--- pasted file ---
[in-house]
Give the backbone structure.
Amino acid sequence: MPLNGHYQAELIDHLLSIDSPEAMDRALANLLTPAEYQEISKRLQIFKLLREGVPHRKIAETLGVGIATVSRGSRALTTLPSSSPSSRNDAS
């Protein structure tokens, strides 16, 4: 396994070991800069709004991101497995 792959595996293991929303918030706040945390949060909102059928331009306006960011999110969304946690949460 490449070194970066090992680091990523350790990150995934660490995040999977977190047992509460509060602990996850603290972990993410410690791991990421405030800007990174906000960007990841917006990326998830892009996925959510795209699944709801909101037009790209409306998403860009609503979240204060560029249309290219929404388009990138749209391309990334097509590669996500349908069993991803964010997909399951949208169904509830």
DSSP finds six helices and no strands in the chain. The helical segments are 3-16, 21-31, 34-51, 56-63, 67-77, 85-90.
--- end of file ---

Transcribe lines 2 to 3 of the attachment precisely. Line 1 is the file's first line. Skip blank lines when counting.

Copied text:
Give the backbone structure.
Amino acid sequence: MPLNGHYQAELIDHLLSIDSPEAMDRALANLLTPAEYQEISKRLQIFKLLREGVPHRKIAETLGVGIATVSRGSRALTTLPSSSPSSRNDAS